On Monday, the Turkish U-19 soccer team canceled its scheduled game against Israel after it received explicit instructions from the Turkish government to return to the country.

"The Israel Football Association is saddened by the mixture of politics and sports," the IFA said in a statement in response to Turkey's cancellation. "It was possible, and necessary, to hold the game as scheduled."

As for the possibility that the Swedish U-21 team will not play its scheduled match in Israel, an IFA official told the Israeli news portal Walla!: "As of now we have not received any request from the SFA or from UEFA. From our standpoint, everything will take place as scheduled. We have no doubt that Sweden will come to Israel and the game will be played."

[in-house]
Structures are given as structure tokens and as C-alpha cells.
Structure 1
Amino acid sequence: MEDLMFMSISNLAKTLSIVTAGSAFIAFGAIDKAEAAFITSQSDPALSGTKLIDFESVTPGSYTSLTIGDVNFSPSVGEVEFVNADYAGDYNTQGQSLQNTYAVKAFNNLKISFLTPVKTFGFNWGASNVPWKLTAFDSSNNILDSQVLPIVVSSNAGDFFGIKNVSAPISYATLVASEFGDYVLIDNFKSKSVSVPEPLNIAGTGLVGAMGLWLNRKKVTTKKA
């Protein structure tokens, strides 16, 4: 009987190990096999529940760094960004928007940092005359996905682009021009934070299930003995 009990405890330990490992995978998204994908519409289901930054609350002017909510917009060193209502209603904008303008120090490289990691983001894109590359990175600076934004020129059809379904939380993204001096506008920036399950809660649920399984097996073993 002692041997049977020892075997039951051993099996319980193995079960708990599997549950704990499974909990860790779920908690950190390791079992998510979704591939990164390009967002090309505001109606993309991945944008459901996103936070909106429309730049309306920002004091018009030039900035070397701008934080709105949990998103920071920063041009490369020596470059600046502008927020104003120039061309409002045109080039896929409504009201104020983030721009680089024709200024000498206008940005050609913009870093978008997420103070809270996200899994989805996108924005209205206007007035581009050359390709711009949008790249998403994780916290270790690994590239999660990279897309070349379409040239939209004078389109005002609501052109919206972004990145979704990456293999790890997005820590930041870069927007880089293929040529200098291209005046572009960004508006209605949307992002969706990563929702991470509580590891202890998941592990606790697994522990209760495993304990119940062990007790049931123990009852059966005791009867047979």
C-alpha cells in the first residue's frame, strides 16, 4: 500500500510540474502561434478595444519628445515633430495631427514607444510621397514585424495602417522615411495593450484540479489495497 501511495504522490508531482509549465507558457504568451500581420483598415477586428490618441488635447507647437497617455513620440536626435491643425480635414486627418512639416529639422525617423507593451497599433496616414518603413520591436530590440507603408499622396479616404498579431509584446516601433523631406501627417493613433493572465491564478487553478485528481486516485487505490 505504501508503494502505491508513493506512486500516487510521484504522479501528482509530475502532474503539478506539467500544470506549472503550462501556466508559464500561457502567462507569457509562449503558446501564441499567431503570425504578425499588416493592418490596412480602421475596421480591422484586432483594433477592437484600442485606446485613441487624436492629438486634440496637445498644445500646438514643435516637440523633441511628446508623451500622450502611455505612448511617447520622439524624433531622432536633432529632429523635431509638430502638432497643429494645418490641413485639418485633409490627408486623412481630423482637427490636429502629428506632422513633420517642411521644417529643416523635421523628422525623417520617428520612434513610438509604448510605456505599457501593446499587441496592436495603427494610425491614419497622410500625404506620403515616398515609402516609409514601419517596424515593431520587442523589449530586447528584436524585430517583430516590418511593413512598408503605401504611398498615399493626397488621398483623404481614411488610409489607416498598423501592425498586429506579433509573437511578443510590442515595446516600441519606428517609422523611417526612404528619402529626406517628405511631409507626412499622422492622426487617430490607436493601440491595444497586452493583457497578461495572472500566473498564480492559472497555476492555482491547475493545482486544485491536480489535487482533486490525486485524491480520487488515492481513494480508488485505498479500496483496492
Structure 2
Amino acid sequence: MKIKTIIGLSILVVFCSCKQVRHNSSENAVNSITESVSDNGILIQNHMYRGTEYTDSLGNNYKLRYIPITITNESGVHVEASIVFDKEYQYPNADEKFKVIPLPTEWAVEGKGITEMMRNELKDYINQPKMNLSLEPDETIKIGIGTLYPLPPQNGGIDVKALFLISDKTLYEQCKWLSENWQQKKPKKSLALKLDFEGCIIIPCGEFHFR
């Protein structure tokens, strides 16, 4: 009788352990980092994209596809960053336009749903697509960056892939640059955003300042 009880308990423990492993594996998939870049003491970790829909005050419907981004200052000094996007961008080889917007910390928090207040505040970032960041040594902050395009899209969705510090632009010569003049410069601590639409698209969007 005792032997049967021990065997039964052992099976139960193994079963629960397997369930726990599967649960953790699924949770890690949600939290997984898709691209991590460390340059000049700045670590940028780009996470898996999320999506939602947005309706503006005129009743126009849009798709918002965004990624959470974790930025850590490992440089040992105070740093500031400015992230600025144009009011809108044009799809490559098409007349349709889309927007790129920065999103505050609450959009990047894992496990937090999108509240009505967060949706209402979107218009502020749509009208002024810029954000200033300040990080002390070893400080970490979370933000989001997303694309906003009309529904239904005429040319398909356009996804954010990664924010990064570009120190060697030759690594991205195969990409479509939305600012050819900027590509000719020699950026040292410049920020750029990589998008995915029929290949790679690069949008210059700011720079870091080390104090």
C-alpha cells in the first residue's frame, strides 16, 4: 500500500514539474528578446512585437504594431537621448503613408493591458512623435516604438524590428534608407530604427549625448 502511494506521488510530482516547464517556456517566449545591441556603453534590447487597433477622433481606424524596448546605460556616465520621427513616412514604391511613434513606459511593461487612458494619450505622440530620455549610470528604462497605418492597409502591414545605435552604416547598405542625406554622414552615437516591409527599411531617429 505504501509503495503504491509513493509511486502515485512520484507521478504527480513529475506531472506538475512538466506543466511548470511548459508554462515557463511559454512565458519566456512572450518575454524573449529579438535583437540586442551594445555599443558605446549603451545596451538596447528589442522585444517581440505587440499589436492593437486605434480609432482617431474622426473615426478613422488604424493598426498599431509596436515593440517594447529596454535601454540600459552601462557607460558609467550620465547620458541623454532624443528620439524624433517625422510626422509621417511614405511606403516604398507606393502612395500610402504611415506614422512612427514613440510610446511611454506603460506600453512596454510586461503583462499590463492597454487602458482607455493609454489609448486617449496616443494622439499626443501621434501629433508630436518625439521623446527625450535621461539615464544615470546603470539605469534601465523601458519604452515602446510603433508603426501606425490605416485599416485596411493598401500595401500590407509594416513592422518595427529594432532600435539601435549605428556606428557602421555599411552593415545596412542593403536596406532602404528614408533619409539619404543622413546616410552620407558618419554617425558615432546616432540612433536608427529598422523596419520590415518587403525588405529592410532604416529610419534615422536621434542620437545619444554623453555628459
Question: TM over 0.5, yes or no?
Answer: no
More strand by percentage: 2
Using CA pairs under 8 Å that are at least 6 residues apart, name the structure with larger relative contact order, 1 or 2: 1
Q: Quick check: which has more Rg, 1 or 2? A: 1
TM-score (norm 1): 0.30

Natkho doubtful for match

Bibras Natkho, the midfielder who plays for Russian club Rubin Kazan, is unlikely to play in this Friday's U-21 Euro 2011 qualifier against Sweden.

Natkho is nursing a pulled thigh muscle suffered during the senior national team's friendly match against Chile on Monday. The former Hapoel Tel Aviv star arrived in Israel yesterday and was excused from the U-21 team so that he may rest.

His status for the game will be definitively determined just prior to Friday. U-21 coach Motti Ivanir is expected to have Ben Sahar and Ariel Harush ready to play after the two returned from last week's friendly against Uruguay.

If the game against Sweden goes ahead as planned, it will be played on Friday at 5 P.M. at the Nes Tziona Stadium. The game will also be broadcast live on Channel 1.


Source: http://www.haaretz.com/print-edition/sports/after-flotilla-raid-sweden-wants-out-of-soccer-match-with-israel-1.293650


Are Teams Right to Refuse to Play Israel?


Dave Zirin, The Nation
2 June 2010